8 h
Boing Boing - A Directory of Mostly Wonderful Things
Los Angeles measles 'cluster' reported, officials say LAX and UCLA possible exposure sites
Health officials say potential sites include UCLA, LAX
9 h
Boing Boing - A Directory of Mostly Wonderful Things
Composite image of all the low-polling white men running for president
Andrew Paul Joyce: "I made a composite image of all the white men running for president polling at 1% or below. Please be nice to him. He is my son." cf. Pedigree collapse. Read the rest
9 h
Boing Boing - A Directory of Mostly Wonderful Things
'MAGA mail-bomber' Cesar Sayoc: Trump was 'my new found drug' and I was also on steroids
Cesar Sayoc, the man who pleaded guilty to mailing explosives to Trump critics and the press, says in a new letter that he "was on the front lines of war between right & left."
9 h
Boing Boing - A Directory of Mostly Wonderful Things
At first I thought this Ka-Bar Tactical Spork was an artisanal Spork
My friend sent me a photo of his uber tuff tactical Spork. Perhaps it is the burlap couch upholstery, but my aged eyes missed the KABAR and thought this was a handcrafted Spork that some Seattle-area artist must have designed just for my pal. Because who doesn't want a super cool Spork? I was told to wait for it. Then I was sent this photo and it became clear the Spork was made by famed US Military hardware enthusiast fan-favorite Ka-Bar, and not some artisanal Spork maker. I am sort of disappointed the fleetingly imagined trend where Game of Thrones enthusaists are all eating with their own custom version of a Casterly Rock Spork, just like Tywin used, died so quickly. I am ordering a KaBar Spork for my camper van. Ka-Bar Tactical Spork via Amazon Read the rest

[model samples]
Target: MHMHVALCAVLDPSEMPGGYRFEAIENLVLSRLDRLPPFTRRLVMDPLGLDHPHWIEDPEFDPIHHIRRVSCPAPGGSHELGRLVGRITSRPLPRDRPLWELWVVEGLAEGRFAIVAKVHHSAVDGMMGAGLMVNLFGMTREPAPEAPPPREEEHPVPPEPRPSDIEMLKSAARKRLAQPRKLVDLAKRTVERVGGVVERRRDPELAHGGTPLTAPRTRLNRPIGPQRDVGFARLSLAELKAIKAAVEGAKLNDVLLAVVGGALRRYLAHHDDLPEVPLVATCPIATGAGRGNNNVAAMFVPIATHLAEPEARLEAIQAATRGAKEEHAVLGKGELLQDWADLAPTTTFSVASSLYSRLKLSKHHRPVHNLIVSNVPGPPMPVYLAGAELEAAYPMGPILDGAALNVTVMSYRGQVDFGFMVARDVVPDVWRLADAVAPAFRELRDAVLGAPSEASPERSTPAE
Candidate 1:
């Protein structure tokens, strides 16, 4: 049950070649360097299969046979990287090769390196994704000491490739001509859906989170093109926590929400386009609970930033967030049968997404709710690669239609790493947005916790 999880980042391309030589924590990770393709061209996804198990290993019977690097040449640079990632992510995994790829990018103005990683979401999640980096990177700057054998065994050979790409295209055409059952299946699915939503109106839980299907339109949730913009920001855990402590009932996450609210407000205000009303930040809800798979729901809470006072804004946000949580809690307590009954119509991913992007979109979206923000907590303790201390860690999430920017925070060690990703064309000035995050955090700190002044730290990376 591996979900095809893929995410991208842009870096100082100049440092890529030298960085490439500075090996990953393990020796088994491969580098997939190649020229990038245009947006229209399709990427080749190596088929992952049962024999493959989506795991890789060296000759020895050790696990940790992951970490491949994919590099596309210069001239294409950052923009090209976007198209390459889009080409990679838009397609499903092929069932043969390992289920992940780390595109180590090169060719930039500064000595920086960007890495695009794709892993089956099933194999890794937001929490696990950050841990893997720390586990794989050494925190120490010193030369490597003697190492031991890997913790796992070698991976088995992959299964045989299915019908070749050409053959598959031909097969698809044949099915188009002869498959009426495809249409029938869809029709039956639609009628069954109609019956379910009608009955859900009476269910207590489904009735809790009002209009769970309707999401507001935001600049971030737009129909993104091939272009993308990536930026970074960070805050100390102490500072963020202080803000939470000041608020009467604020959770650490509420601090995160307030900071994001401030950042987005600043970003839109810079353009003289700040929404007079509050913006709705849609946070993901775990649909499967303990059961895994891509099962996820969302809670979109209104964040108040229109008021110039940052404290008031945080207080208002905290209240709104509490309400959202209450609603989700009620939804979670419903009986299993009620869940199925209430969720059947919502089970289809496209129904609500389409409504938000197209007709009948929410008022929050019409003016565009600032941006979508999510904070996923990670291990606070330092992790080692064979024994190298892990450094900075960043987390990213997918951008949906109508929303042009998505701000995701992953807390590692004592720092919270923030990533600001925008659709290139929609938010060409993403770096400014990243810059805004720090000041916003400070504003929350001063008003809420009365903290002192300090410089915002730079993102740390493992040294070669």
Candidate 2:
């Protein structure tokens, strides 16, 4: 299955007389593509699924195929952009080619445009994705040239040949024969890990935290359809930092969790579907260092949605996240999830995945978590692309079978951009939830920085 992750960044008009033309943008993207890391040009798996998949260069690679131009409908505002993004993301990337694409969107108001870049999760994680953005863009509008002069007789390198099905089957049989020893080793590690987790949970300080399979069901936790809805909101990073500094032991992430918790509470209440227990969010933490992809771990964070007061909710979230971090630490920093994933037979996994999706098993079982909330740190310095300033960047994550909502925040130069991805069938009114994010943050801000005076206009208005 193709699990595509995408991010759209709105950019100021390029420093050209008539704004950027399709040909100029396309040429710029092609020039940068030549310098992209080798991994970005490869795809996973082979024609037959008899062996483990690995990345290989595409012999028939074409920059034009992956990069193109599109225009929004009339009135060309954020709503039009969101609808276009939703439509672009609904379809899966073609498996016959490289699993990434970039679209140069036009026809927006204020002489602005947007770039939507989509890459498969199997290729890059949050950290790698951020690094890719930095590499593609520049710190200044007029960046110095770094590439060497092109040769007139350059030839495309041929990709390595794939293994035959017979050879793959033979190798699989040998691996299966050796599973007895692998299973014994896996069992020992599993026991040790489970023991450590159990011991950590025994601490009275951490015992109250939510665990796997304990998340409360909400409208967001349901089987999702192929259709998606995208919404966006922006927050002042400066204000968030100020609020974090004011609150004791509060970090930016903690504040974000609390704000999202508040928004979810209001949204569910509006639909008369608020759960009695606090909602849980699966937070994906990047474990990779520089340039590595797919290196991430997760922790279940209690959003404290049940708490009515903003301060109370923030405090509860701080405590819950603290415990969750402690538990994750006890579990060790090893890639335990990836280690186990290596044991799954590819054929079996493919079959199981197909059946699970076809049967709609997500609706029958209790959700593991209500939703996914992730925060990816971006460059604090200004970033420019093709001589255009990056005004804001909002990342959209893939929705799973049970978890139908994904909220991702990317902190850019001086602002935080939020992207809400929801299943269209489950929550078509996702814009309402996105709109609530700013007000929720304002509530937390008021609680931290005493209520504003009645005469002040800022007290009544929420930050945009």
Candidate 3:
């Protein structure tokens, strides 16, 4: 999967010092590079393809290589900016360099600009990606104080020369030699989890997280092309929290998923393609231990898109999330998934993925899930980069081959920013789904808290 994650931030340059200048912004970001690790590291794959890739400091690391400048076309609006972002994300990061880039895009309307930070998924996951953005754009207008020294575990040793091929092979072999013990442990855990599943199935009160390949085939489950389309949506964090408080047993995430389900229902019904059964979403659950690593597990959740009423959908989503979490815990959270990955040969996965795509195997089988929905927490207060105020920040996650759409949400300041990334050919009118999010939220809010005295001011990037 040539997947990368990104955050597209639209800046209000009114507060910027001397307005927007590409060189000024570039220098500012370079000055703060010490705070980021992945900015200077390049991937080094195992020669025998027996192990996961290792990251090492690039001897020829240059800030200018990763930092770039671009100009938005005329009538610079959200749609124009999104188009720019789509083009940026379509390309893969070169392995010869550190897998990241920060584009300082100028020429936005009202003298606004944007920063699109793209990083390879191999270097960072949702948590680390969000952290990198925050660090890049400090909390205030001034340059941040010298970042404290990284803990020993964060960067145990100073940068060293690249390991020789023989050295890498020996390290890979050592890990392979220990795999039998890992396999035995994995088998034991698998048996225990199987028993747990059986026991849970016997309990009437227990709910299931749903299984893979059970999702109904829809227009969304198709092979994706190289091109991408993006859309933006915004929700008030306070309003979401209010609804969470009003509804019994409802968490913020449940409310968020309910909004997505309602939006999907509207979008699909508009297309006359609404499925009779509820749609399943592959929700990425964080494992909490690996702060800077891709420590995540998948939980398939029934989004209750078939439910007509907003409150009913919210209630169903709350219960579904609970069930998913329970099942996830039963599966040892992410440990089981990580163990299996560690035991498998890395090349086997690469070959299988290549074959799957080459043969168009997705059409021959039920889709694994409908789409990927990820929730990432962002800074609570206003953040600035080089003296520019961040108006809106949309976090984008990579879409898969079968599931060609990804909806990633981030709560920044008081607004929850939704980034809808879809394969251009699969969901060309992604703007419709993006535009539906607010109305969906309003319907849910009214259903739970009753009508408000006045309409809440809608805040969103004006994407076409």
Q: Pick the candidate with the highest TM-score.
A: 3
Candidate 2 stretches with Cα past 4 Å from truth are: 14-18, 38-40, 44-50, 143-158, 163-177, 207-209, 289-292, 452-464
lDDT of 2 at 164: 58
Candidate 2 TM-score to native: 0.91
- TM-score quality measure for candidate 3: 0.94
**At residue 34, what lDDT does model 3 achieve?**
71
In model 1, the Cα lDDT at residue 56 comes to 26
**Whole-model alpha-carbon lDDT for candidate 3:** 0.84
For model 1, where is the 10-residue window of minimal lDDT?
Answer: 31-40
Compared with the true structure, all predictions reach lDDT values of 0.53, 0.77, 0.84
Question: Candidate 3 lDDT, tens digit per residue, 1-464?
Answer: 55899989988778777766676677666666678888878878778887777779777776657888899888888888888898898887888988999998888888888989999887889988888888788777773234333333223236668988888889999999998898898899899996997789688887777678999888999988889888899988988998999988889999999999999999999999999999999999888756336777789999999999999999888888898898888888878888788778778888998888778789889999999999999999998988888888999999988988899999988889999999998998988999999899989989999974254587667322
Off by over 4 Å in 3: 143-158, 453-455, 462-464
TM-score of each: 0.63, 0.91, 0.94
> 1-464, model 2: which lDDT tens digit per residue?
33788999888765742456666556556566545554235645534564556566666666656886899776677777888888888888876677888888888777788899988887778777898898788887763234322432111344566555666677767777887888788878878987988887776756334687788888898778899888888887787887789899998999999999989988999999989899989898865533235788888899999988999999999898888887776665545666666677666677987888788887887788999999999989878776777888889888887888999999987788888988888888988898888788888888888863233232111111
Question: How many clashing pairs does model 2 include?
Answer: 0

9 h
Boing Boing - A Directory of Mostly Wonderful Things
Japanese Taxicab uses face recognition software to decide what kind of garbage to play on its seatback display
Rosa Golijan is a privacy engineer at Google. She snapped this photo of a seatback video display in a Japanese taxicab. The text says: This taxi tablet is using a face recognition system with an image received by the tablet's front camera. The image data is used to estimate gender in order to deliver the most optimized content. The gender estimation runs once at the beginning of the advertisement program and the image data is discarded immediately after the estimation processing. Neither the tablet nor the server records the data.
Boing Boing - A Directory of Mostly Wonderful Things
Fellow catches big fish that is then caught by something much bigger